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The War on Thanksgiving

The right always whines about its contrived war on Christmas. But this year, the real assault is on Thanksgiving, when retail stores will be open—depriving thousands of their holiday.

Richard W. Rodriguez/AP

Forget the war on Christmas. It’s time to talk about a more dangerous assault—the one being waged against Thanksgiving. And this war has real casualties: American families.

On Thursday, while most of us will be stuffing ourselves in the company of our loved ones—or at least our family—thousands of others will be compelled to leave their Thanksgiving celebrations to go to work. Why? Many retail chains have decided to open up their stores on Thanksgiving Day, including Walmart, Macy’s, Target, and Sears. Kmart is even opening at 6 a.m. on Thanksgiving morning, while the Gap will be open from 9 a.m. to 4 p.m. I guess that’s for people who are desperately in need of a pair of flat-front khakis on Thanksgiving.

We are constantly bombarded by whining from the right over its contrived war on Christmas. Sarah Palin even wrote a book—or at least she allegedly wrote one—about it, which she conveniently released in time for Christmas shopping. You would think the people who want to “keep Christ in Christmas” would be leading the charge to keep the “Thanks in Thanksgiving” and call on these stores to close so that employees could spend the day with their families.

But keeping retail stores closed on the holiday truly shouldn’t be a right or left issue. It should be one that, like Thanksgiving Day itself, unites all Americans regardless of political outlook, religion, or background. We should stand together in objecting to employees being forced to sacrifice their celebrations because the mammoth corporate chains have decided to open. And I say “forced” to work because let’s be honest: How many employees can tell their boss “no” when asked to work on Thanksgiving, when doing so could mean losing their job or hurting their career advancement?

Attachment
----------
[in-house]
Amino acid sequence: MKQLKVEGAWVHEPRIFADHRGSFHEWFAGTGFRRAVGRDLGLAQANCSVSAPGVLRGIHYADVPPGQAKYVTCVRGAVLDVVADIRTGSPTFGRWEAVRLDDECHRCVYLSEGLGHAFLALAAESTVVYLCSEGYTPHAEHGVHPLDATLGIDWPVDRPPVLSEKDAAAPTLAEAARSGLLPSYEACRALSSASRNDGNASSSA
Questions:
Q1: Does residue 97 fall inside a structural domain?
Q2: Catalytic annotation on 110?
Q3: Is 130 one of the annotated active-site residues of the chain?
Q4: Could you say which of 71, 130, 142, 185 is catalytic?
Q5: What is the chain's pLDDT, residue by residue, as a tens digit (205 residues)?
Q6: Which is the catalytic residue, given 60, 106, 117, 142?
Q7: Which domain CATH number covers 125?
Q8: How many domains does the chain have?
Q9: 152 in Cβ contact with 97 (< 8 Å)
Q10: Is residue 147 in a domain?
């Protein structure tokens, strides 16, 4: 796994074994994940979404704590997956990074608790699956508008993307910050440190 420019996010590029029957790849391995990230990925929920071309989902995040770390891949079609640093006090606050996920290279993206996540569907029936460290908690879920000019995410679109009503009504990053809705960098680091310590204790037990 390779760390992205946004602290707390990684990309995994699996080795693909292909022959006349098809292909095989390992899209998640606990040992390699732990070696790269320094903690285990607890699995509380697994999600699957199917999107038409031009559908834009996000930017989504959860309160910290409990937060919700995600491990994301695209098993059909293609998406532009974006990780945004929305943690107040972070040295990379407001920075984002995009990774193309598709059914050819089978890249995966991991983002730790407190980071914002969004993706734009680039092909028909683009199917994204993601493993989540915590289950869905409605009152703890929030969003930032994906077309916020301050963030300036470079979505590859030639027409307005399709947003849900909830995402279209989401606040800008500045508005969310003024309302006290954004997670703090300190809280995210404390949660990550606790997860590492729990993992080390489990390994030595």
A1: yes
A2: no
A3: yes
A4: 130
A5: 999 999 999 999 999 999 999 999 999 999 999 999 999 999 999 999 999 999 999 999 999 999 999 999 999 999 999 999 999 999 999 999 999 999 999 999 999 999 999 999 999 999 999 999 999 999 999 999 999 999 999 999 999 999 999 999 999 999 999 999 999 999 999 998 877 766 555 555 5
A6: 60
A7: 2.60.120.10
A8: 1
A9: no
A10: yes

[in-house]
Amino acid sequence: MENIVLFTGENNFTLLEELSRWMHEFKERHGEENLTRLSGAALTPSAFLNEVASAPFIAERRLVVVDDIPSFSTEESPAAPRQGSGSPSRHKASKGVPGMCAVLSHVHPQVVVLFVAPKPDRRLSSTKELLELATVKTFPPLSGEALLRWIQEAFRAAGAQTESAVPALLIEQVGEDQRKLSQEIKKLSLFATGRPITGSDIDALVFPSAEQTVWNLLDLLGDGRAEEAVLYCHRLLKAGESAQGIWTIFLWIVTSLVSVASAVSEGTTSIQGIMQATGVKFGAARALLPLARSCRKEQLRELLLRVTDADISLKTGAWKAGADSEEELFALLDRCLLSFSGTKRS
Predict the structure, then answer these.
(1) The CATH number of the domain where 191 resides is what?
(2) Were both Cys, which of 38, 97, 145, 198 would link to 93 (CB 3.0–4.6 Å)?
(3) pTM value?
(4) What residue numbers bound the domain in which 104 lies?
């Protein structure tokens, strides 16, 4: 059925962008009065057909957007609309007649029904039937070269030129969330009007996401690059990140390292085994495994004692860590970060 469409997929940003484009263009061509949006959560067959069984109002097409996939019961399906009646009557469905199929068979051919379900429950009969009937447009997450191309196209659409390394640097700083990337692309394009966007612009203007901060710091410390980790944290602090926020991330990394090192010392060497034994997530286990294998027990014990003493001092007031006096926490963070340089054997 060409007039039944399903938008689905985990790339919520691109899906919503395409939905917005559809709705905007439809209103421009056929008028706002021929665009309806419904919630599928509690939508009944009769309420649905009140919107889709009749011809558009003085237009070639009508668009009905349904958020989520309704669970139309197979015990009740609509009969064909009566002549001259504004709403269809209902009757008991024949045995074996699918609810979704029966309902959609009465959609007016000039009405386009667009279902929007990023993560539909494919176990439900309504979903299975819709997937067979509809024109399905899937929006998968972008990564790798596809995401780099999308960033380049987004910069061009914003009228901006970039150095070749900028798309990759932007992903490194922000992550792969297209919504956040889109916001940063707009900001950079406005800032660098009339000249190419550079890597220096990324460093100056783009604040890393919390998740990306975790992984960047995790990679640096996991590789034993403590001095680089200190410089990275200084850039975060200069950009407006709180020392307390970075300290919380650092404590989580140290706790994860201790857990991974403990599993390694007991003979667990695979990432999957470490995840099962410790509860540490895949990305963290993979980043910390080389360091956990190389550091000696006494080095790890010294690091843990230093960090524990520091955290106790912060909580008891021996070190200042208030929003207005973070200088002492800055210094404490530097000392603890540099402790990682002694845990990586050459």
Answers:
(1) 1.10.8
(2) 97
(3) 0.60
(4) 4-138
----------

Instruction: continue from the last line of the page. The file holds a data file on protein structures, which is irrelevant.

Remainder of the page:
Of course, we won’t see the CEOs of these companies working at the stores on Thanksgiving. Instead, we have corporate executives like Walmart vice president Duncan Mac Naughton trying to spin the story. “Walmart associates are really excited to work” on Thanksgiving because it’s a “pretty high energy day,” he says. I wonder how many Walmart execs will be at the store sharing in that “high energy” on Thanksgiving?

Thanksgiving has a special place in our nation’s history. It’s truly the quintessential American holiday. Our first Congress even passed a resolution in 1789 urging President Washington to proclaim a national day of thanks. (You have to wonder if our current dysfunctional Congress could even agree on a Thanksgiving resolution.) Washington obliged by issuing a proclamation that Thursday, November 26, 1789, would be a day of public thanksgiving.

Thanksgiving now means many things to people. It’s a day when family members unite to celebrate their blessings. True, it may be painful to spend a full day with family, but that is why turkey is the perfect food—it makes us sleepy, allowing us to nap for a bit and avoid painful conversations with certain annoying relatives.

And for many, like me, Thanksgiving is also about remembering family members who are no longer with us. In my case, it’s my late father, who always prepared the Thanksgiving meal. We always spend at least a few moments during Thanksgiving reminiscing about him. I’m sure others also use this day as a bittersweet memorial to departed relatives.

But opening retail chains is a stake through the heart of the holiday. And just to be clear: If you shop at a retail chain on Thanksgiving Day, you’re contributing to people not being with their families. Think of that as you reach for that “greatly reduced” holiday sweater at Kmart.

It’s my hope that my fellow Americans will avoid patronizing these stores on Thursday so they don’t open again next Thanksgiving. It’s not like Thanksgiving is the only day retailers are offering deals or can rake in the profits. Plus, if you really feel compelled to shop Thursday, you can do so online.

We also should praise and patronize those retails chains that put family over profits and close on Thanksgiving, including Costco, Home Depot, Nordstrom, American Girl, and more. As Costco vice president Paul Latham says: “Our employees work especially hard during the holiday season, and we simply believe that they deserve the opportunity to spend Thanksgiving with their families.”

This Thursday, help keep the “thanks in Thanksgiving” by not shopping at a retail store. You will be playing a part in helping thousands of other Americans spend next Thanksgiving with their families.